Read, read, READ, read, READ, read, read, read, READ, read!
At Bixby, reading is encouraged and celebrated at every opportunity—through comfortable reading nooks and lofts, class read-a-thons, author visits and book fairs, a school-wide event for Read Across America, and an annual field trip for young librarians to the Boulder Bookstore and Boulder Public Library. Individualized interests, tailored to varied skill levels, are fostered through choice reading time and independent projects. Additionally, group readings are facilitated to further their skills and recognition of the key components of stories and to foster deeper connections and critical thinking, including inference.
Mixed second and third grade classes recently completed a book contract, whereby each student independently read a different chapter book, wrote a “sandwich” book report, and created a diorama of an important scene in the book. A sense of joy and pride in their work was evident as they presented their work to their classmates and reflected on this project.
Now, all second and third graders are in the midst of making 1,000 origami peace cranes in response to reading Sadako or Sadako and the Thousand Paper Cranes. Their enthusiasm and commitment are contagious as they honor the memory of a girl, whose life has become a symbol for peace. The peace cranes will be mailed to Hiroshima, Japan, for placement at her memorial in the Peace Park.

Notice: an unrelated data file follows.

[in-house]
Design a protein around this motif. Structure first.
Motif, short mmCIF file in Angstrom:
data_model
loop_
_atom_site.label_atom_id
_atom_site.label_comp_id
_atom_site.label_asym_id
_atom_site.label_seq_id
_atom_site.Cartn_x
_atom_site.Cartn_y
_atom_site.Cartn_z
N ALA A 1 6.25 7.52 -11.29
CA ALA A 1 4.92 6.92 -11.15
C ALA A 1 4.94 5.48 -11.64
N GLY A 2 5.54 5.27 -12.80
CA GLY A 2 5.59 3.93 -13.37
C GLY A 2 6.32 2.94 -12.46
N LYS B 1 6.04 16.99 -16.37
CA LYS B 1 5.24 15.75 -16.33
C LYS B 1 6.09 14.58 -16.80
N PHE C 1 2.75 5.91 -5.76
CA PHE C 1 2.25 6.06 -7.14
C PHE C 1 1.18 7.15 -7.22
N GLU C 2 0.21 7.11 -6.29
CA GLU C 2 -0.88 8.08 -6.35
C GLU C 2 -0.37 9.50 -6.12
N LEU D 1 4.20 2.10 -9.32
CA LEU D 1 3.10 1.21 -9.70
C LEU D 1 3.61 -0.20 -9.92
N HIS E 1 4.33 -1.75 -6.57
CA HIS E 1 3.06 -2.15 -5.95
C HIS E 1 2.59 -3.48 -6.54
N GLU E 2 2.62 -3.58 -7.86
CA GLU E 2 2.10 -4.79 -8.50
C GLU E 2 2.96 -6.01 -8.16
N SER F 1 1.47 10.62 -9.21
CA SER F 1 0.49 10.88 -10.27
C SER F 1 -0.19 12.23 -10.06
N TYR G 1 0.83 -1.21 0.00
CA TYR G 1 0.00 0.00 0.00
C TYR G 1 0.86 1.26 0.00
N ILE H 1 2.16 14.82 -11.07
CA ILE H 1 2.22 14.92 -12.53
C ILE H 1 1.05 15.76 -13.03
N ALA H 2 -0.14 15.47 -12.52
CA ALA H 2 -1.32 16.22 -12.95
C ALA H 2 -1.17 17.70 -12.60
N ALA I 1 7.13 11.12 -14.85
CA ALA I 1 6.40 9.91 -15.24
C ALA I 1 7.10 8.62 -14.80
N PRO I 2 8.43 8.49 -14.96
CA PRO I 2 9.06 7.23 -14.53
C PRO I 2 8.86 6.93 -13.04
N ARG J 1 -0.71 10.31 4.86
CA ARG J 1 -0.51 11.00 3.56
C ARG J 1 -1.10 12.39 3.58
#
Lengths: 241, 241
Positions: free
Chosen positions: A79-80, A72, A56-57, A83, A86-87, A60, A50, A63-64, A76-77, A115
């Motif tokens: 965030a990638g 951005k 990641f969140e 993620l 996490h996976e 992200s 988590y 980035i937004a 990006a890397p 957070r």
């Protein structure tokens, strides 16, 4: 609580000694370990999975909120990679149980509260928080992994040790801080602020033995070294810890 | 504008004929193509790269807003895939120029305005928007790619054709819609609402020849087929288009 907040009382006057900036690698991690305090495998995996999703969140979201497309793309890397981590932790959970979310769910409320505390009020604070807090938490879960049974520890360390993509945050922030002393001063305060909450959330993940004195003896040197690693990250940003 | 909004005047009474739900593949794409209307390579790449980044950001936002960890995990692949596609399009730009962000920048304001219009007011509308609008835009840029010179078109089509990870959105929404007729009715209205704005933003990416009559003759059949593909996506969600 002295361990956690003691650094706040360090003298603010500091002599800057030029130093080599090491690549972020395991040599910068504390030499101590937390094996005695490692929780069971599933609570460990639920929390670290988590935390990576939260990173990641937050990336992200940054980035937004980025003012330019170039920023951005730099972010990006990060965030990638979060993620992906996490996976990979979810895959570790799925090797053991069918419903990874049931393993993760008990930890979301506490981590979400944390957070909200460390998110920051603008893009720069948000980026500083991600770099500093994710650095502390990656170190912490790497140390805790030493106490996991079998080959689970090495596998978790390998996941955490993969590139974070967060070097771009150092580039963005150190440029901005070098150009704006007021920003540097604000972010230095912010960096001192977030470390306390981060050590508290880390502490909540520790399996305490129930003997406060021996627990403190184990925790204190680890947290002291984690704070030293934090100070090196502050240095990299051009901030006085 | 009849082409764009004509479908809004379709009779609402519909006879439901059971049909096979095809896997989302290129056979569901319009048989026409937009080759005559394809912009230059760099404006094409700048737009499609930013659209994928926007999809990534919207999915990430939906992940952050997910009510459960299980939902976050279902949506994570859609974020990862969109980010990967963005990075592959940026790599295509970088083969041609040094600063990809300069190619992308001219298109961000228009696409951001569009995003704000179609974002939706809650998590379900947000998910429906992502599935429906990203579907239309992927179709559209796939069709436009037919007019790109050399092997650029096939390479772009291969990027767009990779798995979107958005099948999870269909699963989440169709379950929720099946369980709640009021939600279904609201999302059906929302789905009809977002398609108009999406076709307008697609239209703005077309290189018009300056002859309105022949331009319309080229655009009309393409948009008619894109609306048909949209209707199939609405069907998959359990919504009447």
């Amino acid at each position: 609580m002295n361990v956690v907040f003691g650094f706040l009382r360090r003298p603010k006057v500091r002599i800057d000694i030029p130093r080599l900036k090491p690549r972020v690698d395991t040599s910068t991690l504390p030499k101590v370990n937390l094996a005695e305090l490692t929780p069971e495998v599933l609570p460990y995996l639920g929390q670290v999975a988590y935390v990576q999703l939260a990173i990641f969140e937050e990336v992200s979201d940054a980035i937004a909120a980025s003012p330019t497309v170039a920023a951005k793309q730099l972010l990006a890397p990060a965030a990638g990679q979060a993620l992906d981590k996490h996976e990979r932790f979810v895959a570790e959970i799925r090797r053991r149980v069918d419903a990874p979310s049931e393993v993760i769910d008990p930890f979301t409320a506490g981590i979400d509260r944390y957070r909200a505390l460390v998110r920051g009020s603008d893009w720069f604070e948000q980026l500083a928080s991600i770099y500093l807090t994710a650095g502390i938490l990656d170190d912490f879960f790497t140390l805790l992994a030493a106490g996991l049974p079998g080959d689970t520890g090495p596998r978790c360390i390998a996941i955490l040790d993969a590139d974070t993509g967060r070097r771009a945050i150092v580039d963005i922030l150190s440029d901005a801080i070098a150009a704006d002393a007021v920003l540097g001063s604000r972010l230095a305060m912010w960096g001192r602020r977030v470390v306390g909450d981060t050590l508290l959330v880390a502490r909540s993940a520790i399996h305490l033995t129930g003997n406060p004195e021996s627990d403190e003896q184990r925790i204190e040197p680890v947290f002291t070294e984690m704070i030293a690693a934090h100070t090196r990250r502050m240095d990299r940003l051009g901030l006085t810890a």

The first graders’ reading skills have blossomed since the beginning of the year. They enjoy reading a variety of books and playing word games as a group, with a partner, or on an individual basis. Our study on slavery and Harriet Tubman and the Underground Railroad is underway in conjunction with their writing and music classes. This study develops their listening comprehension, fund of knowledge, and critical thinking skills.
At Bixby, the emphasis is placed on “learning to read” up through third grade, giving students the time needed to comfortably acquire strong foundational skills and develop a love of reading. The focus then shifts to “reading to learn” in our mixed fourth and fifth grade classes.